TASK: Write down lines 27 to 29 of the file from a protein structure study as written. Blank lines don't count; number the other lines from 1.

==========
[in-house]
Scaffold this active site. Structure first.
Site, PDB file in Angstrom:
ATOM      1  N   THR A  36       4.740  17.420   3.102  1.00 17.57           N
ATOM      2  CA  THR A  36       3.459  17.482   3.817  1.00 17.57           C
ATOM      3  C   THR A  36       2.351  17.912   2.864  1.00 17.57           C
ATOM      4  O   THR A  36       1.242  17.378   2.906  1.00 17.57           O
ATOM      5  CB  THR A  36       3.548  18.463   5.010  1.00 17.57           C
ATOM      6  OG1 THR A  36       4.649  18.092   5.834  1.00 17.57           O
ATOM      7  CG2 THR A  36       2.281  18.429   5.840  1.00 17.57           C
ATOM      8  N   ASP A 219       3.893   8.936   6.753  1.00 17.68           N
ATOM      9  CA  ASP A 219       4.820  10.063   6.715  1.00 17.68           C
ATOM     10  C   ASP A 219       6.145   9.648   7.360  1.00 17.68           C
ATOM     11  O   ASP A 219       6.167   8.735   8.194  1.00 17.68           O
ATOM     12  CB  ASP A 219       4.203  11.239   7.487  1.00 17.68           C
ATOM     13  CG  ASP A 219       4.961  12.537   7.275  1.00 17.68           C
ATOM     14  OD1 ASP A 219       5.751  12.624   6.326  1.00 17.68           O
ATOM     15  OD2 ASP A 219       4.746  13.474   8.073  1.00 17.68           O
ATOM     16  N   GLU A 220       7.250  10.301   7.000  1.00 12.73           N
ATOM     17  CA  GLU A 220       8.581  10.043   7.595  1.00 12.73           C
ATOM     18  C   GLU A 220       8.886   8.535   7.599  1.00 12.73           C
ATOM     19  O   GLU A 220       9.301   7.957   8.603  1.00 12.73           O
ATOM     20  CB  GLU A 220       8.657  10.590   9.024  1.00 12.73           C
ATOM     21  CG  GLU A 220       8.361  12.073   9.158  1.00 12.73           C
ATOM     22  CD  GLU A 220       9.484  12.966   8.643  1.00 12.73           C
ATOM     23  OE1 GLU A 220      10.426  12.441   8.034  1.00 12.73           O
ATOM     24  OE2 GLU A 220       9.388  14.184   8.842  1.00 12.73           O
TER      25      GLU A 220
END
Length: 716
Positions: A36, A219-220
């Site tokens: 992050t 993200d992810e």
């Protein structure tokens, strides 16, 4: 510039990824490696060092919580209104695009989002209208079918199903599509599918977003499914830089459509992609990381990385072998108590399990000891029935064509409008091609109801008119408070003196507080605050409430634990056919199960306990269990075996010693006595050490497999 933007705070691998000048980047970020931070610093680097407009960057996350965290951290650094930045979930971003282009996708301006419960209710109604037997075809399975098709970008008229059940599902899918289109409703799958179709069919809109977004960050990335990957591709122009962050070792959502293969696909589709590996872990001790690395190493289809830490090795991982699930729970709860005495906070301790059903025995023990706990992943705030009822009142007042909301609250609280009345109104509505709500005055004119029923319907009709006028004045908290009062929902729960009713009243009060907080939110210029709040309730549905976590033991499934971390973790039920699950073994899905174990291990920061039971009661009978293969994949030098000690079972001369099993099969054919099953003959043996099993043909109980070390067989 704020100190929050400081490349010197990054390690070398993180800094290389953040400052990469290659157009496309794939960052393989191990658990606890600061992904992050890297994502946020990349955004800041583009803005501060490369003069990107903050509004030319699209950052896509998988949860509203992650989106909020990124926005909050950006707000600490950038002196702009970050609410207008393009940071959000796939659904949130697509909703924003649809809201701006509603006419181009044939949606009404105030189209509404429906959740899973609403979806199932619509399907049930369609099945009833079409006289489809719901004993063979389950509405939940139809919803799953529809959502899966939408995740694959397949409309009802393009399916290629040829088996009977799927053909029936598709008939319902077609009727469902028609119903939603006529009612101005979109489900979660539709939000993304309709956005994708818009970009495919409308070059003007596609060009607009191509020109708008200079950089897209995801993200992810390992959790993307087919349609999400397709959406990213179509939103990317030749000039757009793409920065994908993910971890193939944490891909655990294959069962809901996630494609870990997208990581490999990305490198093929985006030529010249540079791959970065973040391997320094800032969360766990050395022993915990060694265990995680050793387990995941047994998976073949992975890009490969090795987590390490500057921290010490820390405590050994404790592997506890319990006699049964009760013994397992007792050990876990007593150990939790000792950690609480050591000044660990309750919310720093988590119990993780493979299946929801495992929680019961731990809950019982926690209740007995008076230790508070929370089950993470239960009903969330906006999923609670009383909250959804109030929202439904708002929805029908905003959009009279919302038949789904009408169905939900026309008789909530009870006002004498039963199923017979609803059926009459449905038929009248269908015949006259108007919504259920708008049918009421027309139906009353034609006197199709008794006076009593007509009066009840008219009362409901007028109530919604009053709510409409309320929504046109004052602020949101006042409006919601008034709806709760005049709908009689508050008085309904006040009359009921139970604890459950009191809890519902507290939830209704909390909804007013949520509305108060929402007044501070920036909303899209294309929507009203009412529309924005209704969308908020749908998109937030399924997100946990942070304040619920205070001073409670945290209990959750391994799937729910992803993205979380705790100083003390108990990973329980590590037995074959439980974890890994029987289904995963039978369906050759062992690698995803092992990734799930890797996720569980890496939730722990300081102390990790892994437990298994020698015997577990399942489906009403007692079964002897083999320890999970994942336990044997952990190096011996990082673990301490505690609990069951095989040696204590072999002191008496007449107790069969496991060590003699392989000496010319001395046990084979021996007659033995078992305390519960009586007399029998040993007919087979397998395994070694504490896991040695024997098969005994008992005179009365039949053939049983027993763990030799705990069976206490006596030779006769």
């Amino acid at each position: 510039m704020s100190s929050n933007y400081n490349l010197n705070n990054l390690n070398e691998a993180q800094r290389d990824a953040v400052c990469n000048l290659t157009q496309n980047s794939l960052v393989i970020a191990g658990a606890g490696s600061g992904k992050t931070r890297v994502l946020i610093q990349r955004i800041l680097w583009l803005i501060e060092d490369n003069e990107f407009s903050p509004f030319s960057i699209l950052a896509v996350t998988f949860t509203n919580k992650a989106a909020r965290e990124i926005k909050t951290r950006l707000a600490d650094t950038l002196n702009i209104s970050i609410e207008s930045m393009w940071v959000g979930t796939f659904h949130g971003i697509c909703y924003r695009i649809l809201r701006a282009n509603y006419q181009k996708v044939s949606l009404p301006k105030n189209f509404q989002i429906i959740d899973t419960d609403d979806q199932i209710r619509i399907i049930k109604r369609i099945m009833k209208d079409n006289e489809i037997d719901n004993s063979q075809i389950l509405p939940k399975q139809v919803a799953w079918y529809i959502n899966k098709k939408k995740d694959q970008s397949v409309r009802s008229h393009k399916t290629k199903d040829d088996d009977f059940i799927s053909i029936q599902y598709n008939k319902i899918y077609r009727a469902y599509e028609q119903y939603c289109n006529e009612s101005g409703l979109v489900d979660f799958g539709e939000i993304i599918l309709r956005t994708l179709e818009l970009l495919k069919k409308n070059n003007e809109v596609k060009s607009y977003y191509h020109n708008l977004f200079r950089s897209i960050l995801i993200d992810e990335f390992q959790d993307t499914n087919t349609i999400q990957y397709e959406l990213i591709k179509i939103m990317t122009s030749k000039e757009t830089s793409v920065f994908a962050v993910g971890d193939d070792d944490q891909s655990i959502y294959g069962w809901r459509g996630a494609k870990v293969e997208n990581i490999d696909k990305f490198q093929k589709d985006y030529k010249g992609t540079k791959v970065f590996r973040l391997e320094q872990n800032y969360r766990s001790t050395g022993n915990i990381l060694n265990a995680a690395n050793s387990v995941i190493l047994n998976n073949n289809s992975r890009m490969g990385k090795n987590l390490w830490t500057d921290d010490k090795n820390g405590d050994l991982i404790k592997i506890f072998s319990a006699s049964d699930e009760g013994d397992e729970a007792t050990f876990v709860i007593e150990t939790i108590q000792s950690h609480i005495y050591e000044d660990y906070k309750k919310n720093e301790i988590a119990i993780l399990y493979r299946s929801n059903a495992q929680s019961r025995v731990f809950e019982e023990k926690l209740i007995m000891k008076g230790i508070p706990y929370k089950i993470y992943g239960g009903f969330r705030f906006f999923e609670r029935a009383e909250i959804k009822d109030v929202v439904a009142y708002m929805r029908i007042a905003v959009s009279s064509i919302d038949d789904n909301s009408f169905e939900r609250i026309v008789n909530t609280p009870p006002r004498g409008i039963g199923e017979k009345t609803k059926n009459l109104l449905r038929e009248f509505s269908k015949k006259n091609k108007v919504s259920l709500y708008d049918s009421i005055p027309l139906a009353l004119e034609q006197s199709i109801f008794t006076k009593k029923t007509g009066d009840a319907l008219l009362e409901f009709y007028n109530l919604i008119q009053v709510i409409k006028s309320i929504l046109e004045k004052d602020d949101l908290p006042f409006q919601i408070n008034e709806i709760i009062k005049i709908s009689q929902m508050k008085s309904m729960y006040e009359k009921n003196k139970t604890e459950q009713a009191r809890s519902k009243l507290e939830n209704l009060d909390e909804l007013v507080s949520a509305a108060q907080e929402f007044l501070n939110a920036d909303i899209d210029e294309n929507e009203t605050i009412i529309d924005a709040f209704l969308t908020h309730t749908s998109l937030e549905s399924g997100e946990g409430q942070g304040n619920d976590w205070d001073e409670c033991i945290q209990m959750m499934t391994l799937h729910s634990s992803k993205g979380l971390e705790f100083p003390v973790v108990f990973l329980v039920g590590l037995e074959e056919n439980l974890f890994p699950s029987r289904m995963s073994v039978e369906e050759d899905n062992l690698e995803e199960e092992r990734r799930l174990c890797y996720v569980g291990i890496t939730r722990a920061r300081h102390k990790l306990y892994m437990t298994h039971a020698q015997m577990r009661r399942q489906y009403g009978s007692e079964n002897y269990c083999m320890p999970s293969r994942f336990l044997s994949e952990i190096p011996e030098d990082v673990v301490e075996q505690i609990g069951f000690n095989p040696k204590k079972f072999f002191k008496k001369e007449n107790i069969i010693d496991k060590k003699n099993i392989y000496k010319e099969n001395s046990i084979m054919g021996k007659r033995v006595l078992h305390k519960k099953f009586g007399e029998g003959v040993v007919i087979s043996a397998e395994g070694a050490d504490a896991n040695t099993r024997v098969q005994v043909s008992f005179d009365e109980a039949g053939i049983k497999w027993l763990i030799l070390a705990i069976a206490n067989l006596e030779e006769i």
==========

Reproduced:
ATOM     24  OE2 GLU A 220       9.388  14.184   8.842  1.00 12.73           O
TER      25      GLU A 220
END